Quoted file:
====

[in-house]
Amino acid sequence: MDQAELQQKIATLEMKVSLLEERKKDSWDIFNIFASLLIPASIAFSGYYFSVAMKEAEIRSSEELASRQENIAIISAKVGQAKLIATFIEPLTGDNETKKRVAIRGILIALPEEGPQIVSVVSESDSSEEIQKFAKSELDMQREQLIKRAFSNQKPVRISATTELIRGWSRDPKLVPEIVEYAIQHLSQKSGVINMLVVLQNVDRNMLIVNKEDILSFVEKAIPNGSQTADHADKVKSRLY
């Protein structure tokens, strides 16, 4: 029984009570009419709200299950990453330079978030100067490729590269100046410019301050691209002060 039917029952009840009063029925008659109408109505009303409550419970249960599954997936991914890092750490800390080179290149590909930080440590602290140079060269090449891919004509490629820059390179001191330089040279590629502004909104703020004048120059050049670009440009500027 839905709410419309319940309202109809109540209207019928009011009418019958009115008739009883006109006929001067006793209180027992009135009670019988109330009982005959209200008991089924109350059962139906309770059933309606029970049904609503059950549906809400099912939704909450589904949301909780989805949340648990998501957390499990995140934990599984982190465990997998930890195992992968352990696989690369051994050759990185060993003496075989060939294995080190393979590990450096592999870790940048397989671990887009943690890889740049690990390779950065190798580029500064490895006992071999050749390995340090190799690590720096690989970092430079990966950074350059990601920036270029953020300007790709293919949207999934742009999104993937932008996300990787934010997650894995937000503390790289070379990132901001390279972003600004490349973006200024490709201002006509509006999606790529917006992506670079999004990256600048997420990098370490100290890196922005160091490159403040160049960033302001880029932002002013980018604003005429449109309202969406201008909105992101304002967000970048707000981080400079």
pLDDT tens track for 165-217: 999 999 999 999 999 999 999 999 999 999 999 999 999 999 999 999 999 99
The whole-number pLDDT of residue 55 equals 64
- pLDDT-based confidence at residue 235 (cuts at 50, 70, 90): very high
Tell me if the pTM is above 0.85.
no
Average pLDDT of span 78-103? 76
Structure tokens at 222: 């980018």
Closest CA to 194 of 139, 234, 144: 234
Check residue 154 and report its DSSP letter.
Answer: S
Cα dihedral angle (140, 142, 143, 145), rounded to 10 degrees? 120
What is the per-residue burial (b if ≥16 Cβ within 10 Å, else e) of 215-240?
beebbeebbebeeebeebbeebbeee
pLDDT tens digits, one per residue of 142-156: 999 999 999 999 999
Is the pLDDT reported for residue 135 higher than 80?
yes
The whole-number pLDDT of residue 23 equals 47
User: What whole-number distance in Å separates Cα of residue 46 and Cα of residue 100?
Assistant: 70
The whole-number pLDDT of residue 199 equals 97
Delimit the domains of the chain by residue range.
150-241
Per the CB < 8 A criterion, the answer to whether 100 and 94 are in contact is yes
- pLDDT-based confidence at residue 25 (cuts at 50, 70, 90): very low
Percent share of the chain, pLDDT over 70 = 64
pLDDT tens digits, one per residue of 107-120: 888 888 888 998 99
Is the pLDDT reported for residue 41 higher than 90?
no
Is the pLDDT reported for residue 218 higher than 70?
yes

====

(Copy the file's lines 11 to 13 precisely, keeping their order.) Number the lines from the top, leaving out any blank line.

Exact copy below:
Closest CA to 194 of 139, 234, 144: 234
Check residue 154 and report its DSSP letter.
Answer: S